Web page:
“Ploughing up the European course”
Everybody wants Europe, says political scientist Ulrike Guérot. The question is, though: Which? She personally advocates the “European Republic”.
Ms. Guérot, German Federal President Frank-Walter Steinmeier recently called for “new European self-confidence”. How does that fit in with the current debate on Europe, defined as it is if anything by crises and dispute?
Very well, I think. It is a response to the numerous voices that are emerging all over. The call for a different, more confident, stronger Europe is getting louder. It can be heard particularly clearly in art, journalism, academia, and among youth. Steinmeier took up this choir of voices and gave it an even stronger sounding board.
And is the call realistic?
In response to that I would quote Václav Havel: “Hope is not the conviction that things will turn out well, but the certainty that something makes sense, regardless of how it turns out.” Unfortunately, I don’t think that the European situation is going to clearly change for the better in the next few months or even years, but I’m convinced that at the moment the only right thing to do is plough up the European course, as you have to plough up the soil before you can sow anything. We are preparing the ground, so that a new Europe can flourish when the spectre of nationalism and populism has disappeared again.
Do we want an identitarian Europe of fatherlands or a democratic, social, open Europe?
But prior to there being joint self-confidence, ought there not generally be common ground? At the moment the impression is rather that Europe is drifting apart.
That’s right, but it’s also a question of how you look at things. We have at least reached a point now where the question with regard to Europe is no longer “whether” but “how”. Everybody wants Europe, even right-wing populists like Heinz-Christian Strache in Austria and Marine Le Pen in France. They have realised that you can’t stir up public opinion with anti-Europe sentiment. It is far more to do with the question of whether we want an identitarian Europe of fatherlands or a democratic, social, open Europe. That is the frontline, the crucial question as far as Europe is concerned. This split is not separating individual countries from one another – they are themselves divided: Macron or Le Pen? Pegida or Pulse of Europe? Brexit or no Brexit? There is no common ground in these questions at present.
What needs to happen for that?
It would appear that we have realised that a return to nation states is not a solution. However, what no one yet has the courage to refer to is the term European statehood. We already have one market and one currency, but still no democracy. You can only be capable of acting if you have a legitimate monopoly on the use of force. The EU has none, which is why it is for the most part incapable of acting.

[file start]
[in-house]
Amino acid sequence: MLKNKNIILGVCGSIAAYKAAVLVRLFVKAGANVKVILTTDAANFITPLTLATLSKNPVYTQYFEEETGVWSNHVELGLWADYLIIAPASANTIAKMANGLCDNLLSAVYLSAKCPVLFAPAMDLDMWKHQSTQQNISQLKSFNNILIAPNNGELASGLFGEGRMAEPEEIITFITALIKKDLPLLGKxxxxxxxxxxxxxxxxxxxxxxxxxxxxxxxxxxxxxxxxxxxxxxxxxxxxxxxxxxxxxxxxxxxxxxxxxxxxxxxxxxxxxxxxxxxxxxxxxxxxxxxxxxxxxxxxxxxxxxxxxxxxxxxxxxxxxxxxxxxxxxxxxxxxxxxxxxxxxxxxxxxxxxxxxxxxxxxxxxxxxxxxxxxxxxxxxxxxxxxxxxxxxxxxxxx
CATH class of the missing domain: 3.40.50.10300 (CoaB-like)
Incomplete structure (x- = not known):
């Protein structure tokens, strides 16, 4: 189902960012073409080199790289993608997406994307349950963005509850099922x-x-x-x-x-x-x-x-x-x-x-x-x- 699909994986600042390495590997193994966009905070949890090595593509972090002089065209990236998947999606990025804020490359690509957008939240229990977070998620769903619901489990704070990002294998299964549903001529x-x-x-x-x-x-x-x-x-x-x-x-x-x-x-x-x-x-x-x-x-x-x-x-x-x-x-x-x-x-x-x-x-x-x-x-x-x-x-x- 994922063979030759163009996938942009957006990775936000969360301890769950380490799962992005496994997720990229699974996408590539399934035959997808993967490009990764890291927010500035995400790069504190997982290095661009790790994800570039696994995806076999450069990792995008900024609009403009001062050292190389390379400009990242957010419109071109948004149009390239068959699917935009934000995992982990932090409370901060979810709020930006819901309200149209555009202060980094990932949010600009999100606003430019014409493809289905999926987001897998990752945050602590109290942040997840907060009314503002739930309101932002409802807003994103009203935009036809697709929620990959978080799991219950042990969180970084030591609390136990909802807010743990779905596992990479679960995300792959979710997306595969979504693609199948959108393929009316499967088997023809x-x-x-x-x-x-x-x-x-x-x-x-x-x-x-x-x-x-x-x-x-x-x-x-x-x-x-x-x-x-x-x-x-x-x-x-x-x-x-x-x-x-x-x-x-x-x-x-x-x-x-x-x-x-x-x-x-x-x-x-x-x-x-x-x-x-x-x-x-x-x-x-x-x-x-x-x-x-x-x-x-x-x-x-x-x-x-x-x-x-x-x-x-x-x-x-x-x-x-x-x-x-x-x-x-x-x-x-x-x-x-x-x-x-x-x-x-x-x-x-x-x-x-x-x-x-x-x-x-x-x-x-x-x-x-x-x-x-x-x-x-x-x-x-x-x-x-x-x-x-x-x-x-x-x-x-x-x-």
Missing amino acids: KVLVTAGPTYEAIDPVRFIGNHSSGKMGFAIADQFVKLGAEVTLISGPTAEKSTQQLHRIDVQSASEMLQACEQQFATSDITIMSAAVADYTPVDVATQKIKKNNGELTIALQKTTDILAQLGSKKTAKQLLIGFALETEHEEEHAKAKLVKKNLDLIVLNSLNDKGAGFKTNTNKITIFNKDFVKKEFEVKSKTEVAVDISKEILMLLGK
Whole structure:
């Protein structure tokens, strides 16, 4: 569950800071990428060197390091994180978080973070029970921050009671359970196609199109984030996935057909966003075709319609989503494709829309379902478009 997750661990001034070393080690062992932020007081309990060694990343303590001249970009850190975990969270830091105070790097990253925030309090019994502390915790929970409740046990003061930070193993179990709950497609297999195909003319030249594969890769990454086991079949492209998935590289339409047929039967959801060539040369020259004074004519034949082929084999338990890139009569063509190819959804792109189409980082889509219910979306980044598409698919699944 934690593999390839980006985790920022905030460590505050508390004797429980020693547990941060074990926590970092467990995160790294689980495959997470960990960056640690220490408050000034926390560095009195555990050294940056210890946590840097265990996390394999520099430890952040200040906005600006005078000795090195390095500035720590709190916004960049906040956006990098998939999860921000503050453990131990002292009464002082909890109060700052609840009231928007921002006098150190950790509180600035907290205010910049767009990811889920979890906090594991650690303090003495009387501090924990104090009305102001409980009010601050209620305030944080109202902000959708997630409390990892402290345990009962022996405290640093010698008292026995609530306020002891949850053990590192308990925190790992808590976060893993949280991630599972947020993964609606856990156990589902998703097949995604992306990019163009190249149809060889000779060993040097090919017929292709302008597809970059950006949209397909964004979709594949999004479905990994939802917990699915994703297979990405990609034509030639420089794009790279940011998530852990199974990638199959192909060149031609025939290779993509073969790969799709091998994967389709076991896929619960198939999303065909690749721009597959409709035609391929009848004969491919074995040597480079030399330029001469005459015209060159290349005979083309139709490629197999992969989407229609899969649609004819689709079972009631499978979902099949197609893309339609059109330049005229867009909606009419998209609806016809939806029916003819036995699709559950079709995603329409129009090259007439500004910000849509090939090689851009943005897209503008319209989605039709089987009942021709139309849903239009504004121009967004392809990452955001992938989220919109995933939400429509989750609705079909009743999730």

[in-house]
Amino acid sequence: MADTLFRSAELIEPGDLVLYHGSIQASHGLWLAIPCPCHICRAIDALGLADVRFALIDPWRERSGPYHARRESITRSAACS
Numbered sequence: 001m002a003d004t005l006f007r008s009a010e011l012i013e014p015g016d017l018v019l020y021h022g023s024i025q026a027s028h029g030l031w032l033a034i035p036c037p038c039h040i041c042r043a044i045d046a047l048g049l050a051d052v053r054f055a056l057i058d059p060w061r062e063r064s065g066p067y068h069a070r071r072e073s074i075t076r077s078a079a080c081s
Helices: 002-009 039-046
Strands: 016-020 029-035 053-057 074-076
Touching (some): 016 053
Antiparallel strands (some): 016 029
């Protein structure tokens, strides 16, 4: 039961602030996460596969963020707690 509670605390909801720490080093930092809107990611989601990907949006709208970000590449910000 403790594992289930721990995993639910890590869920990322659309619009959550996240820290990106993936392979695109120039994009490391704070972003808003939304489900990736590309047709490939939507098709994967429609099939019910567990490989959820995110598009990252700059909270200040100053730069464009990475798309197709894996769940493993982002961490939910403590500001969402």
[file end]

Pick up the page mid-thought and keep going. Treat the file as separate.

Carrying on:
A European Republic is not about centralisation, but about legal equality.
The fact that your book about a “European Republic” was extremely well received demonstrates that people are very open to a stronger Europe, perhaps there is even a kind of longing for it. Why have politicians not yet fully realised this?
After the book was published I did indeed get an incredible number of invitations, in particular from trade unions, theatres, and savings banks. Thousands of young people follow me on Twitter. I want to exploit this popularity. At the moment we are organising a major theatre project, the “European Balcony Project” – in November we will proclaim the European Republic on stage. I certainly feel that politicians are slowly becoming aware of the call. Several smaller parties such as “Demokratie in Bewegung” (Democracy in Motion) have included the European Republic in their electoral programme. And the bigger parties – at any rate the progressive ones – are at least putting feelers out.
Why the caution?
Lots of people think of centralisation when they hear the words European Republic. They are afraid that we will all have to assume a European identity and will lose something in the process. It is, however, not about centralisation, but about legal equality. We already have it for markets, services, and capital, but it needs to be rounded off and apply for individuals. There ought to be a European social security system, for example. Unfortunately, civil society does not yet have the strength to initiate a process of this nature.
Ulrike Guérot is the founder of the European Democracy Lab at the European School of Governance in Berlin. She currently teaches at Danube University Krems in Austria. From 2007 until 2013 she headed the Berlin office of the European Council on Foreign Relations. Her book entitled “Why Europe should be a Republic! A political utopia” appeared in 2016.
Interview: Helen Sibum